MQTT Payload_template Help

I am wanting to send two numbers to an MQTT topic to start my EV charging.
The values come from two helpers, and need to be delivered in tthe form ‘x, y’ with no brackets etc.
I have tried a few different things using mqtt.publish using the payload_template option, but I haven’t been able to get the data delivered in the right format.
The below code sends the numbers like this chargeNow = ('20.0', '3600')
It should be like this instead chargeNow = 20, 3600

Any suggestions?

service: mqtt.publish
  qos: "0"
  retain: false
  topic: TWC/control/chargeNow
  payload_template: >-

Try this:

payload_template: >-
    {{states('input_number.twc_charge_now_current')}}, {{states('sensor.twc_charge_now_time_seconds')}}
1 Like

that’s a very specific output. Unfortunately the template resolver will always add (). So your only option is to template the entire data section. Luckily that’s possible.

service: mqtt.publish
data: >
      'qos': 0,
      'retain': False,
      'topic': 'TWC/control/chargeNow',
      'payload': states('input_number.twc_charge_now_current') ~ ',' ~ states('sensor.twc_charge_now_time_seconds'),
1 Like


I’ve never noticed that before. WTH does it do that?

Templates always return a string. Some time in the past, we added typing to the result. this means that any comma separated value will resolve a list or tuple. Just like we resolve numbers or dictionaries in variables. It’s all the same code.

So state values are always strings unless they are a template result?


That’s not confusing at all. /s

It’s the template resolver. The output of the template is always a string. You can see the result of the resolver in the template editor.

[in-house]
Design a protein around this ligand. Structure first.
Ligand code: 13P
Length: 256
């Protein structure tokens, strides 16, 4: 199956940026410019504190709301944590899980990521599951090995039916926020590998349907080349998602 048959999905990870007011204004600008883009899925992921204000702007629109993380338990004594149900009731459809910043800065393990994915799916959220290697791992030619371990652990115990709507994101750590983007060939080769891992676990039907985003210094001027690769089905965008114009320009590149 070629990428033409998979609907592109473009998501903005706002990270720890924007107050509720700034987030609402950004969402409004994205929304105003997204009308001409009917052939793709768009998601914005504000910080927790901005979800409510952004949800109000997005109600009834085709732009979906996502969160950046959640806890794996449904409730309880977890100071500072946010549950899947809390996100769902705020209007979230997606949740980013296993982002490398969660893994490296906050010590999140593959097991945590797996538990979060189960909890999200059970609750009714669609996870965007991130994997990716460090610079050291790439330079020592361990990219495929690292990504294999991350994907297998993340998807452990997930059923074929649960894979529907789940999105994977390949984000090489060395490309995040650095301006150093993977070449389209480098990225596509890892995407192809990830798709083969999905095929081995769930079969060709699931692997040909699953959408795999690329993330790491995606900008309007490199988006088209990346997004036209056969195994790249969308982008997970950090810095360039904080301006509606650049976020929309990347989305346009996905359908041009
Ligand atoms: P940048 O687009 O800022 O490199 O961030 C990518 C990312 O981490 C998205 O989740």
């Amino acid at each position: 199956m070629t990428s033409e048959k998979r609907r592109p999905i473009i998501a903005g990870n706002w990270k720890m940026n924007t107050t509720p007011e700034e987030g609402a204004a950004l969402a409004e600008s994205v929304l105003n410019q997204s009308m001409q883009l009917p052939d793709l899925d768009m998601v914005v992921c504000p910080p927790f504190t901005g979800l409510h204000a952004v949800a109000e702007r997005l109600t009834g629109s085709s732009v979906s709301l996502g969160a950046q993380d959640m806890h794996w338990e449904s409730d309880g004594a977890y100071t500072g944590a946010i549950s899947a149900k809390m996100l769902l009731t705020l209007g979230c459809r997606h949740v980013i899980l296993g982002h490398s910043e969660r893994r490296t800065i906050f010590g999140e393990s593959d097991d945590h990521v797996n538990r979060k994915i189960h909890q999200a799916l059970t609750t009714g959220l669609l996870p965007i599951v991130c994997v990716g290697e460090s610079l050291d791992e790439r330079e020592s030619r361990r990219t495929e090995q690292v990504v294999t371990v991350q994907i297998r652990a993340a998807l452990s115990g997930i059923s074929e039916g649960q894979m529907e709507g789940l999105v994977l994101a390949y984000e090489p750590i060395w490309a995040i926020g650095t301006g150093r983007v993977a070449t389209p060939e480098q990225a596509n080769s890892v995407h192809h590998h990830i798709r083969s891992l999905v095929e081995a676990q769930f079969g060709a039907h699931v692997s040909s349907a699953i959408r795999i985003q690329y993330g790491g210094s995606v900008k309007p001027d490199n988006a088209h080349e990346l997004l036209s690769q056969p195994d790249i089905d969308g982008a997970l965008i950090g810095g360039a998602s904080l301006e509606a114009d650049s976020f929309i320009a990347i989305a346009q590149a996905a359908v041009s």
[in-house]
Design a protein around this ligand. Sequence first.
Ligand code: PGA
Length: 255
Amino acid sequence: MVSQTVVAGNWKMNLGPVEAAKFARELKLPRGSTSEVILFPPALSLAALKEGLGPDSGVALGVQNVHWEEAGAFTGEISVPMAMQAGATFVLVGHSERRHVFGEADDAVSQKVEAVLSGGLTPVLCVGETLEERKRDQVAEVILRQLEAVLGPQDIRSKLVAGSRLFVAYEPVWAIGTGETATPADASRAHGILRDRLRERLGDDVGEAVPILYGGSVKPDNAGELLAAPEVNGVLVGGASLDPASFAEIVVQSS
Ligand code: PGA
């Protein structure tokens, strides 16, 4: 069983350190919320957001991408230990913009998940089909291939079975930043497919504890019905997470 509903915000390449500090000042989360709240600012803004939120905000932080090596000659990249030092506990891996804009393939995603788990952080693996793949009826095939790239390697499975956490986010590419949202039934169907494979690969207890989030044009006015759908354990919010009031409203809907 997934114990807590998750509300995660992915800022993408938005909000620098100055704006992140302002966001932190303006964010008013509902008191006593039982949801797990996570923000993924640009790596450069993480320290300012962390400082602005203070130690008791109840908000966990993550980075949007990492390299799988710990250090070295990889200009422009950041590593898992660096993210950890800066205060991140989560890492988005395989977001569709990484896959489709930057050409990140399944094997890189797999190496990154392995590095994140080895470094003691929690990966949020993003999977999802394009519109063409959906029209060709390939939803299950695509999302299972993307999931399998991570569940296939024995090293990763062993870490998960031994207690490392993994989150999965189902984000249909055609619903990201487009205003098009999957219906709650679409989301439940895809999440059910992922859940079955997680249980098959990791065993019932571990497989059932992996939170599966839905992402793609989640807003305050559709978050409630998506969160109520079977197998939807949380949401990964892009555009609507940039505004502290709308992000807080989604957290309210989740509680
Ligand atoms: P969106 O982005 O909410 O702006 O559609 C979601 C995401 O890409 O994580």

When the template resolver can figure out how to assign a type to it, it will.

e.g. "X,Y" is the string that is output from the template {{ }}. The resolver will look at that, see the comma and change it to the python tuple (or list) ('X', 'Y') or ['X', 'Y']. This was specifically done because people weren’t actually returning true python lists for entity_id. They’d return just sensor.a, sensor.b and expect it to work even though a true python list would be ['sensor.a','sensor.b']. So while it may be confusing, it’s definitely the lesser of 2 evils.

And as one of the ‘few’ people who know about this, I usually only have to help ~2 people a year get around this list thing. Usually it’s for the xiaomi vacuums because they only accept a string that looks identical to a list.

see → How do I convert a string into a "number"? - #39 by petro

So, a trick to figure out EXACTLY what your template ({{ }}) is outputting while forcing the resolver to stop typing the result…

Output of your template, which is then passed through the resolver

put an x in front of it so it confuses the resolver…

So this (old) confusion that I did have to help a number of people with has now spread outside the template editor as the solution to the problem?

That’s quite bizarre.

I’m not sure I follow you. But the result you circle is a result of the ‘resolver’, not a result of the template. It’s been like this since the inception of template typing. The result type you see in the corner is the result type that will be stored if you used it as a variable. So even though it’s a string, the resolver says “hey, that’s a number” and then you get a number.


{% set x = 4 %}
{{ x }}

is your whole template.

the x variable is 4. if you output
{{ x }}{{ x }}, you’re going to get a value of 44 because the resolver types the entire output. it’s not looking at x and x separately.

So in your issue, you’re using the ‘output of the entire template’ as proof that it’s incorrect when comparing to the output of a single variable, which happens to be your attribute.

Awesome, thanks guys.

Both methods seem to work for me. Not sure why it isn’t adding brackets around @tom_l 's method. Perhaps one of my values is stored as a string rather than an int?

Anyway. I also had to add | round to one of my values to get rid of an unneccesary .0.

For future reference, my use case was for TWCManager which normally controls my EV chargers to track solar production, but it can also be controlled via MQTT to manually charge at a given current for a given amount of time. I.e during off-peak times.